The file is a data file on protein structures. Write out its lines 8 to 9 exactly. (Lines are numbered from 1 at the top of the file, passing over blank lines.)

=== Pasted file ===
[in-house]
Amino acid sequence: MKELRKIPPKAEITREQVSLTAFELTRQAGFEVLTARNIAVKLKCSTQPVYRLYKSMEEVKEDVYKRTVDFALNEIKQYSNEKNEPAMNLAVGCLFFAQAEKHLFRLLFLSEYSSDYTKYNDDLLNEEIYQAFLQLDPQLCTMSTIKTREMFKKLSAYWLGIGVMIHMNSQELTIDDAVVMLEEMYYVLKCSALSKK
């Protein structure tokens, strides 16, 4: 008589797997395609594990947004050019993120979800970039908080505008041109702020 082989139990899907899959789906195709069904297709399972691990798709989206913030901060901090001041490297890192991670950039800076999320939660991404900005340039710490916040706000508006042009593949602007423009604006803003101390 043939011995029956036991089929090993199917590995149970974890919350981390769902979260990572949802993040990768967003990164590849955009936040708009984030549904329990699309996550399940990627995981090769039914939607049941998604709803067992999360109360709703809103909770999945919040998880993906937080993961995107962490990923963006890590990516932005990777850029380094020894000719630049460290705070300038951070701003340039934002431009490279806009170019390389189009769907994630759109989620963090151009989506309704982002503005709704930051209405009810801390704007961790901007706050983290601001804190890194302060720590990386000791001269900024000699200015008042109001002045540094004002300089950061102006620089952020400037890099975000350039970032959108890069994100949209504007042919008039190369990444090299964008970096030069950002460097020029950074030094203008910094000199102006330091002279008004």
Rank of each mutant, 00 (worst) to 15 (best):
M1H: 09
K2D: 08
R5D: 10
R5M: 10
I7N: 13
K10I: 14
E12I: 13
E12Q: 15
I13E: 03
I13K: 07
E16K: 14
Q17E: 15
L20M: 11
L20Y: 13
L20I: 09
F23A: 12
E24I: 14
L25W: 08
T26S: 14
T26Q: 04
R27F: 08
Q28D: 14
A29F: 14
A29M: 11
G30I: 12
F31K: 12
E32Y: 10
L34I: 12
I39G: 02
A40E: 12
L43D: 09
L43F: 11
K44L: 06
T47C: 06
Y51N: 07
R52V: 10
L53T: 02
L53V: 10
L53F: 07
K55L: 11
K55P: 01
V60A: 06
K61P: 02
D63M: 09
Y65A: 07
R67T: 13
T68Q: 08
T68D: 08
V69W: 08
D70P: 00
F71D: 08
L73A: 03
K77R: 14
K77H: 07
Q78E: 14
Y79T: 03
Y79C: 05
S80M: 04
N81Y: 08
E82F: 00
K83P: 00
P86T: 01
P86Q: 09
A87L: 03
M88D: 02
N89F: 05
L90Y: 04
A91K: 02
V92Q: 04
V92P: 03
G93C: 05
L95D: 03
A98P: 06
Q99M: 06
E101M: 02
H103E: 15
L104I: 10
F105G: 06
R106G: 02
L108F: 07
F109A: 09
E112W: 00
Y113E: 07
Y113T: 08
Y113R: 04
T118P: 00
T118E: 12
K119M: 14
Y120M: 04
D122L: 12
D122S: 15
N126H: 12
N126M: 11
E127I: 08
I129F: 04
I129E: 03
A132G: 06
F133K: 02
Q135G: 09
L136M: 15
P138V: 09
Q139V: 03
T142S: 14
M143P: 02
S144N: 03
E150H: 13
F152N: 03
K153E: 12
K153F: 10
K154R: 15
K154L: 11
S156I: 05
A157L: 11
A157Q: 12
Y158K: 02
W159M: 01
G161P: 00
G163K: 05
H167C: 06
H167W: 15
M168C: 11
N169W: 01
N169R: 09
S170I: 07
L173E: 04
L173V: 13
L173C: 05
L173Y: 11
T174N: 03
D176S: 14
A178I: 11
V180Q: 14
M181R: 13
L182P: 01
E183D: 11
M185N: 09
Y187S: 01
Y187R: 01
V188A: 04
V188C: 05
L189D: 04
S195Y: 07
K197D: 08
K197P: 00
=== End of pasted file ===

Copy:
R5M: 10
I7N: 13